Then there is no U.N. Security Council resolution that provides an explicit legal backing. Russia, a permanent member of the Security Council, will probably vote against any such text. The Russians are aware that the establishment of a no-fly zone in northern Syria could amount to the beginning of the end for Bashar al-Assad. It would breach what they still see as the sovereign space of the Syrian government and provide a safe haven for the Syrian opposition within Syrian territory. The Russians and the Iranians hope that the ISIS threat will help Assad recover some legitimacy, not the other way around.

Yet although important, the absence of a Security Council resolution explicitly authorizing a no-fly zone should not be seen as a decisive obstacle. In February this year the Security Council has already passed resolution 2139 on Syria that defined “terrorism, in all its forms and manifestations, as one of the most serious threats to international peace and security”. Syria has disintegrated and the Assad government has no legitimacy. Valerie Amos, the U.N.'s Under Secretary-General for Humanitarian Affairs and Emergency Relief Coordinator, said last week that the U.N. would provide humanitarian assistance for safe zones in Syria even in the absence of a resolution.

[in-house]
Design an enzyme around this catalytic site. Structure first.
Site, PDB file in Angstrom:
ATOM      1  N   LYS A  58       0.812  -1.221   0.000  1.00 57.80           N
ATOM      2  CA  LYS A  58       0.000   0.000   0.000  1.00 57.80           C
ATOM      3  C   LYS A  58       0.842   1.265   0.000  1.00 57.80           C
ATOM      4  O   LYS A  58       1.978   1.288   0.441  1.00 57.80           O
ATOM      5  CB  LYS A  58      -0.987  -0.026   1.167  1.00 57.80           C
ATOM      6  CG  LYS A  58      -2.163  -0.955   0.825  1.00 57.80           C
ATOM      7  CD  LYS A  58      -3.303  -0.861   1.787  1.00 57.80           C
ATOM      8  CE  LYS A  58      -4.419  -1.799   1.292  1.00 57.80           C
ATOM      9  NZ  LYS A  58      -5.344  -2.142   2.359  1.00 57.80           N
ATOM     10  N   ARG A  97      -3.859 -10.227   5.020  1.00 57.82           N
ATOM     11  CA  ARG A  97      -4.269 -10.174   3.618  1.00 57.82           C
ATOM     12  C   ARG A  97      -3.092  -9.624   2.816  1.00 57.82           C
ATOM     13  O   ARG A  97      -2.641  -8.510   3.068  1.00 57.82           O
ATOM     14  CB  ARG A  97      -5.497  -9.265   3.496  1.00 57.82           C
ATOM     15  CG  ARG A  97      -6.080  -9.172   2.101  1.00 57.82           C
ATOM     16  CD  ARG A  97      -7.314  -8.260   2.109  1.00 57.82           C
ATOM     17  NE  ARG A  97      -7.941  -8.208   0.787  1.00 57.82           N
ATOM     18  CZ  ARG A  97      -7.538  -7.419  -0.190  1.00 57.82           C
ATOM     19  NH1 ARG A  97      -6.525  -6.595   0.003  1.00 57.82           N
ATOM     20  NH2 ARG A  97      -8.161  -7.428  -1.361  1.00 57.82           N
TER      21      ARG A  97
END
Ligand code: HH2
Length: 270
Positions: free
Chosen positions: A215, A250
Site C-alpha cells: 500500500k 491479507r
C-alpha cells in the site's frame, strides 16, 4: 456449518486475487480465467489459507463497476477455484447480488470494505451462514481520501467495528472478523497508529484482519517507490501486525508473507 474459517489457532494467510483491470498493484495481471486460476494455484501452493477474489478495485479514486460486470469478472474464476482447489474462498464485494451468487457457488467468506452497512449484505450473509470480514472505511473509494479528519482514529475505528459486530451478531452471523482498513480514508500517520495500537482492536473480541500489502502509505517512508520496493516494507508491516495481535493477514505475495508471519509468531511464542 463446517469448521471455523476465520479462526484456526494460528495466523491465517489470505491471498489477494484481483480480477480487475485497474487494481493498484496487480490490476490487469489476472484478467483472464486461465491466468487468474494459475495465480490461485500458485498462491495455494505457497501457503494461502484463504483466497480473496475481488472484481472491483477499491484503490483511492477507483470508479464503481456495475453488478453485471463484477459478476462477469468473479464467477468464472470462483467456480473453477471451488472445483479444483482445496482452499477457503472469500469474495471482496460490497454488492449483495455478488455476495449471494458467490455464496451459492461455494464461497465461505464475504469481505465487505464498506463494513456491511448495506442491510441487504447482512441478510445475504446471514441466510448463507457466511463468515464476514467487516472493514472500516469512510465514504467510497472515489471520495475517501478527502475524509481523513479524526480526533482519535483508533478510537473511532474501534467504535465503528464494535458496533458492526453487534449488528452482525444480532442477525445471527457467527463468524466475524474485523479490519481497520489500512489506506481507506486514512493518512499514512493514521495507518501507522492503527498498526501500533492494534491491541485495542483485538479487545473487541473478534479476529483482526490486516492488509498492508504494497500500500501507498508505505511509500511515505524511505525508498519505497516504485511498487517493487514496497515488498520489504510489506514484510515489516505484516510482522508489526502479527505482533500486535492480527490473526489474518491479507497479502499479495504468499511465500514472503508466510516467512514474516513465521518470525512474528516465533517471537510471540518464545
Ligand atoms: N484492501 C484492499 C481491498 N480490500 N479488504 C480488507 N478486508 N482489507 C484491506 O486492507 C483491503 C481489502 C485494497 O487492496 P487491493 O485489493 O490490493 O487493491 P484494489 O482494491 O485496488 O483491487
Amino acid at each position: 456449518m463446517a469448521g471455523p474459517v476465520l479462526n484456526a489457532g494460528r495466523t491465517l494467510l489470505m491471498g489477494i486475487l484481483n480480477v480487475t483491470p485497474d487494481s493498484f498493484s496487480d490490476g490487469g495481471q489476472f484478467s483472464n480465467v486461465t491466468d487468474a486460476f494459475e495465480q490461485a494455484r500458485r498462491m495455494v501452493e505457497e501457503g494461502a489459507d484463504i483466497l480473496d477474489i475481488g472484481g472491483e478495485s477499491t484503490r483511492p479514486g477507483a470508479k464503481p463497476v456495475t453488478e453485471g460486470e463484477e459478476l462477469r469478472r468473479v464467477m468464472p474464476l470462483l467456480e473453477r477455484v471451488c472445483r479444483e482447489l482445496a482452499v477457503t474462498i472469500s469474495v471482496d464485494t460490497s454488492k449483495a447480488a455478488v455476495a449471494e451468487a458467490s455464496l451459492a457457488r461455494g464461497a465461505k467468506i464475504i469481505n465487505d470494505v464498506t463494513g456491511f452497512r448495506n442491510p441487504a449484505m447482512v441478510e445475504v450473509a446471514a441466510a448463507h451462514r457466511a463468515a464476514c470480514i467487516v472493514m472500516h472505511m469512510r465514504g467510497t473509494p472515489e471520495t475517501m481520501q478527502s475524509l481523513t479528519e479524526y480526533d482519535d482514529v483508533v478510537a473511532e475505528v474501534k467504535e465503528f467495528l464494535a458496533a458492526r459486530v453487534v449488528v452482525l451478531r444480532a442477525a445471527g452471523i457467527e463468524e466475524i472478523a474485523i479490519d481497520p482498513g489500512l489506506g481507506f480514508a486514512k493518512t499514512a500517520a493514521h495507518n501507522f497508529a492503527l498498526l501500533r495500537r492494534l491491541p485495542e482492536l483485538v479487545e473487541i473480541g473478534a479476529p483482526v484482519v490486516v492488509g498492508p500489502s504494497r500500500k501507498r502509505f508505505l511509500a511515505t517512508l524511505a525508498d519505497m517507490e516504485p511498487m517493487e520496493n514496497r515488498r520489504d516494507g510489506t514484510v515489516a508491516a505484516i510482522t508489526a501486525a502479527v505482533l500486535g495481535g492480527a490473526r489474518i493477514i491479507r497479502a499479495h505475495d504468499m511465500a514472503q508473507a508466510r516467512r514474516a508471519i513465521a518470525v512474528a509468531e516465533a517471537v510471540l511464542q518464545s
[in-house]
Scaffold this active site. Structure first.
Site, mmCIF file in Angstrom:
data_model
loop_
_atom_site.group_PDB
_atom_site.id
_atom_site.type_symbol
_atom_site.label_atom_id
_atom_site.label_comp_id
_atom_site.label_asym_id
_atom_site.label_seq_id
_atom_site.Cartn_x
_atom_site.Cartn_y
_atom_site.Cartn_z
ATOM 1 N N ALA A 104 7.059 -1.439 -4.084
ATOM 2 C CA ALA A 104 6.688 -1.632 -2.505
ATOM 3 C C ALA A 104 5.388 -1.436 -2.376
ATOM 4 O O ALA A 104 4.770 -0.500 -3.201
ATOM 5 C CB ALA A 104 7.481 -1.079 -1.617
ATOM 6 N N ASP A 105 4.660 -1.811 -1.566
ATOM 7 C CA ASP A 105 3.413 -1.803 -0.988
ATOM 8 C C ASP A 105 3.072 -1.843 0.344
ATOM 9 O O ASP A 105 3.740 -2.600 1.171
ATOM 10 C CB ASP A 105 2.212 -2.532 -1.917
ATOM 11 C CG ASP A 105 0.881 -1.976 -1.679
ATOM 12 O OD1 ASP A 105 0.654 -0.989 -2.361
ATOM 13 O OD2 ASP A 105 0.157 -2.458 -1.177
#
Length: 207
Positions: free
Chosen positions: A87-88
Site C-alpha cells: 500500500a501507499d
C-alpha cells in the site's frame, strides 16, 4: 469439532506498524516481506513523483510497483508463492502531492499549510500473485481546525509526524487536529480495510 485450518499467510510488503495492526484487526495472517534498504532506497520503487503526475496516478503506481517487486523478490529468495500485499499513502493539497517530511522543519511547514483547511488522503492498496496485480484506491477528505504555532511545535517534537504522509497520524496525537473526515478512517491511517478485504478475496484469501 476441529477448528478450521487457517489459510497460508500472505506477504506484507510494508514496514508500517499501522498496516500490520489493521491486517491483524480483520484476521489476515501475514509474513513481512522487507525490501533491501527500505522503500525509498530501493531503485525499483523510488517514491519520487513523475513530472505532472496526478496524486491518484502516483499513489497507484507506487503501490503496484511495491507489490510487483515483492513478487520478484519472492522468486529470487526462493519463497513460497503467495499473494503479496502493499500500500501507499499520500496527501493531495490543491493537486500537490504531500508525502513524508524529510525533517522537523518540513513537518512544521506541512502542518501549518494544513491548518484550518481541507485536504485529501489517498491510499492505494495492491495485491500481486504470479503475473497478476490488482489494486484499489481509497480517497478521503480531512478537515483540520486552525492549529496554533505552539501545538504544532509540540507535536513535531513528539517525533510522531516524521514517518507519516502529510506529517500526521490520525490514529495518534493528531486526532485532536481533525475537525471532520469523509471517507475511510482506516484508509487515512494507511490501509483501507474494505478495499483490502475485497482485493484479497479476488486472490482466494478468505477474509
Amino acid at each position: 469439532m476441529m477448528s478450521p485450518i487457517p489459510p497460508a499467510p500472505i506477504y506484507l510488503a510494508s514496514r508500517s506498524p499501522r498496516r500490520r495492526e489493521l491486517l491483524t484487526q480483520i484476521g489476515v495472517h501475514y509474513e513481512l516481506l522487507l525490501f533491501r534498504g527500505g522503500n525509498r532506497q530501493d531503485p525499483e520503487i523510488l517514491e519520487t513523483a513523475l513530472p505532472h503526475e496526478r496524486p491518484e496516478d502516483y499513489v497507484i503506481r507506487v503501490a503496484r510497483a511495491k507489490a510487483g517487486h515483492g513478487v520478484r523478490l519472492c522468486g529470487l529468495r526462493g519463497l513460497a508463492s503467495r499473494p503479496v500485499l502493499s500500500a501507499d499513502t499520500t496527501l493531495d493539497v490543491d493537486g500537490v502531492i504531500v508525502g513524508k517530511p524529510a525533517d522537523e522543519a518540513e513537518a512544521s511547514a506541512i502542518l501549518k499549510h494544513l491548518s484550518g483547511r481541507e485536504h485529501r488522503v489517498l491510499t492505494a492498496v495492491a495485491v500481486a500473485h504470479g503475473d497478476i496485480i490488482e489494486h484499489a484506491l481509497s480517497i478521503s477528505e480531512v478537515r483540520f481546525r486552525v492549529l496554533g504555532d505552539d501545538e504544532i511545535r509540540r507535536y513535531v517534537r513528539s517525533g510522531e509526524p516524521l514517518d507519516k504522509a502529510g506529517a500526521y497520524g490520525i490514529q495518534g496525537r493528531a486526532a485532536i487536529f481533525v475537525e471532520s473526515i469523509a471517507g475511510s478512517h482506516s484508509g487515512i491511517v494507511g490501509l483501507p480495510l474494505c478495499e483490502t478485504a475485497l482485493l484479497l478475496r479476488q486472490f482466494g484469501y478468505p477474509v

Among all these matters, here is what I find sadly ironic: Three years on, Assad’s brutality, more than 100.000 deaths and millions of refugees fleeing to Turkey, Lebanon and Jordan were not enough for the impending establishment of a no-fly zone. ISIS and the threat it represents to the West could prompt it within just a few months.


Manuel Almeida is a writer, researcher and consultant focusing on the Middle East and emerging markets. He holds a PhD in International Relations from the London of Economics and Political Science, and is the former editor of the English edition of Asharq Al-Awsat newspaper. He can be reached on @_ManuelAlmeida on Twitter.

Disclaimer: Views expressed by writers in this section are their own and do not reflect Al Arabiya English's point-of-view.